“I Set the Camera on the Handle of My Dresser”: Re-Matter-Ializing Social Media Visual Methods through a Case Study of Selfies

Open Access Journal | ISSN: 2183-2439

“I Set the Camera on the Handle of My Dresser”: Re-Matter-Ializing Social Media Visual Methods through a Case Study of Selfies


  • Katie Warfield Journalism and Communication Studies, Kwantlen Polytechnic University, Canada


Abstract  This article is a confession about research trouble and the start of a narrative of research rectification. I begin this article with a review of new materialist theory and methods broadly and specifically those that contribute insight into interviews and photo elicitation such as intra-views and posthuman visual methods. I then detail the research methodology I used for an empirical study conducted last year to look at what young women experience while taking selfies, or images of their face and body to be shared on social media. After this fairly procedural account, I return to my messy research notes and video recordings, and—rather than reread—I re-trace and re-matter-ialize one specific interview with one young woman using new materialist methods (intra-views and reading images horizontally) to reveal data that would otherwise not have been evidenced via my original humanist methods. Re-matter-ializing describes my process as a researcher re-visiting not only the discursive moments, but the affective encounters and the matter of the research assemblage; meaning I move beyond the spoken data to look at how the material-discursive-afffective assemblage or arrangment of the interview room, technologies of data recording, props in the room, and embodied interactions of the participants were entangled in and vital agents in the production of data. In conclusion I detail the benefits of a posthuman re-tracing: 1) an attentiveness to the complex human and non-human agents in a research assemblage, 2) a response-ability or ethical duty of researchers to not reduce the complexity of the phenomena they study, 3) the importance of affect in the research encounter especially in visual methods, and, 4) a questioning of the implicit assumption that—of all steps in a research program—methodology is the least malleable.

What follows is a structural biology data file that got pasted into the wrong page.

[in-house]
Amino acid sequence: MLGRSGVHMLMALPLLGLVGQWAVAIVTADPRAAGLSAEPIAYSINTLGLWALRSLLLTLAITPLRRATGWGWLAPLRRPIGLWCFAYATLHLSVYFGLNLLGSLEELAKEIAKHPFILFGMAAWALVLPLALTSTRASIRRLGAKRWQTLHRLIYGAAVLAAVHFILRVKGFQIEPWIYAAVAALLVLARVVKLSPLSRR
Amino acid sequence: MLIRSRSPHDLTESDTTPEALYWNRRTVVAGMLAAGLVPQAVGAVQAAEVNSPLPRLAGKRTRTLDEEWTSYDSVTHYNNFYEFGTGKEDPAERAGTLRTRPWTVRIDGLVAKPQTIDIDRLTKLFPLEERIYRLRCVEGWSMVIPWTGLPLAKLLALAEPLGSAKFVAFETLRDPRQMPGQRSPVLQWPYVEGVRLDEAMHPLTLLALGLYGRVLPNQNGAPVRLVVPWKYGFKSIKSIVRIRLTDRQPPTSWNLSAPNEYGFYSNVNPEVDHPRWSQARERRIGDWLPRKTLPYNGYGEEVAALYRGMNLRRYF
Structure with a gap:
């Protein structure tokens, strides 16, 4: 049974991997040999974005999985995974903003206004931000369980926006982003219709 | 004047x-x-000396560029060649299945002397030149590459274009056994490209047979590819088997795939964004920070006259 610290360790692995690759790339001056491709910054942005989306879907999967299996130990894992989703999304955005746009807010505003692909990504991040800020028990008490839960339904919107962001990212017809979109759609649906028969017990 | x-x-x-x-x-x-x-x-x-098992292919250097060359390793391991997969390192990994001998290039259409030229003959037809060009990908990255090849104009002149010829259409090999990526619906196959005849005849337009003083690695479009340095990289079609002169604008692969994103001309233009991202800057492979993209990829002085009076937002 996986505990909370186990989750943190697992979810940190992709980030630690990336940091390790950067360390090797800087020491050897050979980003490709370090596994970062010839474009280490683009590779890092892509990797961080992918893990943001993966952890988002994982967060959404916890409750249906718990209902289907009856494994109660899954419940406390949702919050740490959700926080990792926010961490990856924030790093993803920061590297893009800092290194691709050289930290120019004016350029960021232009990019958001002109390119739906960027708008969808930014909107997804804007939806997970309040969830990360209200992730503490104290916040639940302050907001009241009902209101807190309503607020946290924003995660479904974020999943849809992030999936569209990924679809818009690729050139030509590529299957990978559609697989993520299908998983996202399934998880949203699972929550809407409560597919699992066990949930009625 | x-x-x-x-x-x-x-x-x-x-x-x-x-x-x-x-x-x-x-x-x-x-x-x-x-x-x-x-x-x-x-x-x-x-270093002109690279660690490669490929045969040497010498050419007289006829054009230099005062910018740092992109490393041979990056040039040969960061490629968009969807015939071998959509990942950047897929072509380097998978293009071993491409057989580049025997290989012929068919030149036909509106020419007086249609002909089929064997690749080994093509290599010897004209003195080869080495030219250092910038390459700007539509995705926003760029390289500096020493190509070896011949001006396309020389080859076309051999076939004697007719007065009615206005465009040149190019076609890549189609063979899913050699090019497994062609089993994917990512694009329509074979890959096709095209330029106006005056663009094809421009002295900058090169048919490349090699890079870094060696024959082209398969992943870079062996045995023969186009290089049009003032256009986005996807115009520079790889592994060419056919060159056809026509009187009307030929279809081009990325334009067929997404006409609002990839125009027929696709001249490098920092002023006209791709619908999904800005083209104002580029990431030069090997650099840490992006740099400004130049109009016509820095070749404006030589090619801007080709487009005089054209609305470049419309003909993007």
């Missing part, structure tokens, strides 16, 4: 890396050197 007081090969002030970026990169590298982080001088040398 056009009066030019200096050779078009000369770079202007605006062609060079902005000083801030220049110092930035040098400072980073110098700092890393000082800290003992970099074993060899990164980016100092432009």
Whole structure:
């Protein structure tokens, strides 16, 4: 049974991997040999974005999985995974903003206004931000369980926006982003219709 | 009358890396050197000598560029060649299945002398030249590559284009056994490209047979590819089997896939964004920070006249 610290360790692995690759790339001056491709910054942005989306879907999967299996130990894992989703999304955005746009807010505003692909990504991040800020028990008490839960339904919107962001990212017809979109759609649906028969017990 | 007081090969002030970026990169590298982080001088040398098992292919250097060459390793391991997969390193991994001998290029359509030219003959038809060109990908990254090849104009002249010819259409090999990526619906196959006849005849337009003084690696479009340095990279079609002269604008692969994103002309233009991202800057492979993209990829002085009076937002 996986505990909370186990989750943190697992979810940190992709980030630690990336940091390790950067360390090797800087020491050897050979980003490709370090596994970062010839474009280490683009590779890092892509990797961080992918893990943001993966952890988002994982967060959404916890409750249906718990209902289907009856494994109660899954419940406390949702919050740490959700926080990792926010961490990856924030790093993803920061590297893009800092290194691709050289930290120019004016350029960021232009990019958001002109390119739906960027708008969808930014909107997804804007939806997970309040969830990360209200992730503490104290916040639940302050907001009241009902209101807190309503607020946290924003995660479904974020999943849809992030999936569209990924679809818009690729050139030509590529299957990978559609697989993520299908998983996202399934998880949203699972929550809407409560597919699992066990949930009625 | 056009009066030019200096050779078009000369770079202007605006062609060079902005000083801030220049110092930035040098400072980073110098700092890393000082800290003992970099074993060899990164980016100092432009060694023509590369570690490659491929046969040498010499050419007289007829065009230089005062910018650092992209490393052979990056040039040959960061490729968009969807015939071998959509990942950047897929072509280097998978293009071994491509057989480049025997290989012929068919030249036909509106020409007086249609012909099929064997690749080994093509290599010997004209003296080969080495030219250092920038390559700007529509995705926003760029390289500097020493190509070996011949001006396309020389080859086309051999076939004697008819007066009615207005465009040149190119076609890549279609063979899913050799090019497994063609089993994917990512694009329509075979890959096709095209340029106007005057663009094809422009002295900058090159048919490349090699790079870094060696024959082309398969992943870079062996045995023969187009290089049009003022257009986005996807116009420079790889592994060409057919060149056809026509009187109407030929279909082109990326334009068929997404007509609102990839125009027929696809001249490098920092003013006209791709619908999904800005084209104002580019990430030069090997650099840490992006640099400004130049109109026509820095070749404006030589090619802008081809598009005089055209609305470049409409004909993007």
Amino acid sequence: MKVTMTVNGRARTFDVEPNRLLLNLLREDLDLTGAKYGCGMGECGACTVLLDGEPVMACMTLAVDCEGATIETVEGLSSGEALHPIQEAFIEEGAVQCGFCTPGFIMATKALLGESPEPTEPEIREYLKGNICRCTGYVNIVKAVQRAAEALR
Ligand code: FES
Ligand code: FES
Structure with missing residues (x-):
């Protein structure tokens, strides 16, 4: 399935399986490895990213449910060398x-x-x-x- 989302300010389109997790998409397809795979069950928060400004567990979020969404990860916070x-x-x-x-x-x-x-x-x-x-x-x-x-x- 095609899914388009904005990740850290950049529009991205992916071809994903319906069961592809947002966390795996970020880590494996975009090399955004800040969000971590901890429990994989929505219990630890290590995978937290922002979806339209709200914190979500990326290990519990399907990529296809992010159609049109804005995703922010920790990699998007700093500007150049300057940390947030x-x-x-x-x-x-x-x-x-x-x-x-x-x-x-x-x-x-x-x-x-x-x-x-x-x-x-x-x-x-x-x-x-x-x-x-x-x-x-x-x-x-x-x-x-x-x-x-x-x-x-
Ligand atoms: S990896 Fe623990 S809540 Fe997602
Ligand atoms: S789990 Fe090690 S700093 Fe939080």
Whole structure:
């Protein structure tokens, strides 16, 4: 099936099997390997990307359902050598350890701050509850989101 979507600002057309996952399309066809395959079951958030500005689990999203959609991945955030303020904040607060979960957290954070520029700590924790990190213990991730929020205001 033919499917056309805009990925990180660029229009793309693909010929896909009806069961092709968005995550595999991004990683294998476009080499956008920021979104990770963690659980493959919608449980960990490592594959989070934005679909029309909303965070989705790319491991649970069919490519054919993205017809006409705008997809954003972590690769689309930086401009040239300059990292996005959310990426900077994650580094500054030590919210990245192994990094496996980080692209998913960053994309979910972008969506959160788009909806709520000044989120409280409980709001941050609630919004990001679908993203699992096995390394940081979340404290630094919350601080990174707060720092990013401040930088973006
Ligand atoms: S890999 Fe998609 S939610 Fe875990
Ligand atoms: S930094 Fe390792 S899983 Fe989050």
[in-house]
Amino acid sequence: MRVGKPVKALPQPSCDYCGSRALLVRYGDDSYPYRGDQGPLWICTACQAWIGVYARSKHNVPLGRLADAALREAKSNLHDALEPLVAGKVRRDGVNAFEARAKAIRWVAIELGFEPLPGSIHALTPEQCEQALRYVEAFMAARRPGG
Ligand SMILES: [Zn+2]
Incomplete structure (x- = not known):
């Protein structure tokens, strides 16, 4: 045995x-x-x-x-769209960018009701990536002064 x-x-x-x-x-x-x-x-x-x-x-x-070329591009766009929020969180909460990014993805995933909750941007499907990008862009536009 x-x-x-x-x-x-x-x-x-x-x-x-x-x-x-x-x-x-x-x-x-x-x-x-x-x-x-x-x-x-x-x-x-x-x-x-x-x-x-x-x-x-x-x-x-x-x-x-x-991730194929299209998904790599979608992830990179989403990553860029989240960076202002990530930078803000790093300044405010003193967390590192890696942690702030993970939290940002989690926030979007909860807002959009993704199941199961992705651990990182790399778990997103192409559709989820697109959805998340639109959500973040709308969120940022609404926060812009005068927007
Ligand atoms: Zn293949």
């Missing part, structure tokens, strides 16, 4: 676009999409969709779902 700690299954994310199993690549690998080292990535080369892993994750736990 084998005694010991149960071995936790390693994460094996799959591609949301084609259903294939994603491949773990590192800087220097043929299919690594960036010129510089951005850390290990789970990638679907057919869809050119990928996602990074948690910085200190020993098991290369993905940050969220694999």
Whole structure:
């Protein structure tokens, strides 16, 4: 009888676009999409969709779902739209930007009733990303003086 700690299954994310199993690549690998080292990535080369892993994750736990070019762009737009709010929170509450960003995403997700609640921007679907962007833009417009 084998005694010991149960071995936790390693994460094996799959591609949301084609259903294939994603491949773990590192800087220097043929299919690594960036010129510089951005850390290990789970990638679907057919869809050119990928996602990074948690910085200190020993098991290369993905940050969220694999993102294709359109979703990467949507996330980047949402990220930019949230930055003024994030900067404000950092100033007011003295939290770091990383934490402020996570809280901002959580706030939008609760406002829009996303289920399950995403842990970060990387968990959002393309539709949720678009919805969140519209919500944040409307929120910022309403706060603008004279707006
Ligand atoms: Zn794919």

Keywords  intra-view; new materialism; photo elicitation; posthumanism; social media


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DOI: http://dx.doi.org/10.17645/mac.v5i4.1057


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